Monday, August 29, 2022

Chapter 3: Repetitive DNA and Mobile Genetic Elements

Half of our genome is composed of highly repetitive DNA and moderately repetitive DNA. Satellite DNA. C0t curves. (pp. 57-58)
[Transcription activity in repeat regions of the human genome]
Centromeres contain highly repetitive DNA. (p. 58)
[The structures of centromeres]

Telomeres at the ends of chromosomes contain repetitive DNA. (pp. 58-59)

   Box: Dead centromeres and telomeres (pp. 59-60)

Short tandem repeats (STRs)

Short tandem repeats (STRs) are short stretches of repetitive DNA. (p. 60)

   Box: DNA fingerprints (pp. 60-61)

Mobile genetic elements
Moderately repetitive DNA consists of interspersed copies of viruses and transposons. (p. 61)
Hidden viruses in your genome
The human genome contains copies of DNA viruses and RNA viruses. Most of them are due to ancient insertions and the viral genomes have acquired inactivating mutations. Many virus-related sequences are just fragments of the original virus genome. (pp. 61-65)
What do we need to know about transposons?
The two main tpes of transposons are DNA transposons and RNA transposons (retrotransposons). (pp. 65-67)
Long interspersed elements (LINEs) are transposons that carry a gene for reverse transcriptase. Most LINE-related sequences are degenerate versions of a once-active transposons. Short interspersed elements are derived from small noncoding genes and they require exogenous reverse transcriptase to propagate. Alu elements are one example of a SINE and there are more than one million copies in the human genome. (pp. 67-70)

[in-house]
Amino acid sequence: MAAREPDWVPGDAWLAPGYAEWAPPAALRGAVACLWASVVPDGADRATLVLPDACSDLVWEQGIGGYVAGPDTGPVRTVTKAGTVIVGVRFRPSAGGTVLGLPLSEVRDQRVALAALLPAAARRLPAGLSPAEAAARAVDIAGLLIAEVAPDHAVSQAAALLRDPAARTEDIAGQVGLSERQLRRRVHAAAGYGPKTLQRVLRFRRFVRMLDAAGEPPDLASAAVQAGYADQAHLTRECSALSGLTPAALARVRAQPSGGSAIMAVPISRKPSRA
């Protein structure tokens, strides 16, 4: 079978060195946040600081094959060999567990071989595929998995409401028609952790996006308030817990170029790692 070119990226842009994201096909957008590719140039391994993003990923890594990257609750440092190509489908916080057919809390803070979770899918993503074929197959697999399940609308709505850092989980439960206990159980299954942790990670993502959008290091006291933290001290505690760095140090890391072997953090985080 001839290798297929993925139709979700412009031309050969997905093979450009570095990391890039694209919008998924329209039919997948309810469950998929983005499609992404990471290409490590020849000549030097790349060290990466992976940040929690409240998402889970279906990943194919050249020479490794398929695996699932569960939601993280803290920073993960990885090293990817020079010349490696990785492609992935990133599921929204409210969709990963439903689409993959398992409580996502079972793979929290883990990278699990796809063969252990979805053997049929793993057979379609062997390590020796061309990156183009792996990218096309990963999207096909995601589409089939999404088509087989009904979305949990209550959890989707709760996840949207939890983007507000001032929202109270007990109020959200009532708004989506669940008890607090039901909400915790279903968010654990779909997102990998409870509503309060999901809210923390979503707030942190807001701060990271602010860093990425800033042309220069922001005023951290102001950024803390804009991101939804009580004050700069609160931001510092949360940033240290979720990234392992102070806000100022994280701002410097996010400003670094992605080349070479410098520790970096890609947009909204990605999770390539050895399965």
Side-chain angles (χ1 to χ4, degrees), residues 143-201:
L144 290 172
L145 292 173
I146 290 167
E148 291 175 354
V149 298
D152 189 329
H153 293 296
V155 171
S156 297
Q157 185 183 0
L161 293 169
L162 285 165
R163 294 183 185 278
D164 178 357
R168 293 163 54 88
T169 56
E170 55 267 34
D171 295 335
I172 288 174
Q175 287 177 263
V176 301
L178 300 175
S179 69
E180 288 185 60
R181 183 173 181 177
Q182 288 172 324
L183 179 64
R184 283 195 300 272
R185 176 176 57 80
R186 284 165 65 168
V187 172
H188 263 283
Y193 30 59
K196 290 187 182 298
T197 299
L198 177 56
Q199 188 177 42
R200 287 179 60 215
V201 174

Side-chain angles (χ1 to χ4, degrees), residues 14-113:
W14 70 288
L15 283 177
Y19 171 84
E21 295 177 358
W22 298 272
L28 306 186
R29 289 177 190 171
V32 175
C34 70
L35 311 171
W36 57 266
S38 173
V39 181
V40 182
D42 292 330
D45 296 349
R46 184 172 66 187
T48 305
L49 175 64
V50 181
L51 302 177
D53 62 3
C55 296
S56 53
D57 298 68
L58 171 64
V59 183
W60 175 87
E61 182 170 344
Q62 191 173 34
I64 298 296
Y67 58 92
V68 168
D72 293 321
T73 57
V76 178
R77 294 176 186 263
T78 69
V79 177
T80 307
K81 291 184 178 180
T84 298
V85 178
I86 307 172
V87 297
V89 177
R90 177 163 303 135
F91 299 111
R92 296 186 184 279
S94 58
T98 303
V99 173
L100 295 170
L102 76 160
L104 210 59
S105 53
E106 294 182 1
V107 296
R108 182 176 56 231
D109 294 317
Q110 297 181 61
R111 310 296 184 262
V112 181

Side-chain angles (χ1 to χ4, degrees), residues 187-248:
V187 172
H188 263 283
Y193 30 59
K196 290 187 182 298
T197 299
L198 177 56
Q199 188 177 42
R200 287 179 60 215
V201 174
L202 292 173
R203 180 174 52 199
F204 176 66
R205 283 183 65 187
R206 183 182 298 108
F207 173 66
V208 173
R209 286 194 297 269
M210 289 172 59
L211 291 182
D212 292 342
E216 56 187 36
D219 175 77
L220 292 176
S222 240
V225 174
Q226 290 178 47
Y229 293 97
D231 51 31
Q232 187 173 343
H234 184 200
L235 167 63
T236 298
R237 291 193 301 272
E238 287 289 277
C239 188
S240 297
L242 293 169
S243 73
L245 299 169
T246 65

How much of our genome is composed of transposon-related sequences?
Most of the transposon-related sequences are inactive fragments of the original transposons. It's diffficult to get a precise estimate of the total amount of transposon-related sequences but it's probably at least 50% of the human genome.(pp. 70-72)

   BOX: What does the humped bladderwort tell us about junk DNA? (p. 72)

Selfish genes and selfish DNA
Selfish DNA refers to DNA sequences that can propagate by themselves within the genome. (p. 73)
[Junk DNA and selfish DNA] [The selfish gene vs the lucky allele]
Exaptation versus the post hoc fallacy
Some transposon-related sequences have secondarily acquired a function that contributes to the fitness of the organism. This is an example of exaptation. Some scientists believe that transposon-related sequences are retained in order to serve as a reservoir for future exaptation but this argment is related to a logical fallacy called the post hoc fallacy. (pp. 73-78)
[Peter Larsen: "There is no such thing as 'junk DNA'"]
Mitochondria are invading your genome!
The human genome contains fragments of mitochondrial DNA that have recently been incorprated by accident. (pp. 78-79)
[How much mitochondrial DNA in your genome?]
On the origin of junk DNA

A lot of junk DNA originates from ancient insertions of transposons and their subsequent degeneration by acquiring mutations. (pp. 79-80)

If it walks like a duck ...

Transposons look like junk, behave like junk, and evolve like junk, so let's just call them junk. (pp. 80-81)

Notes for Chapter 3 (pp. 320-321)

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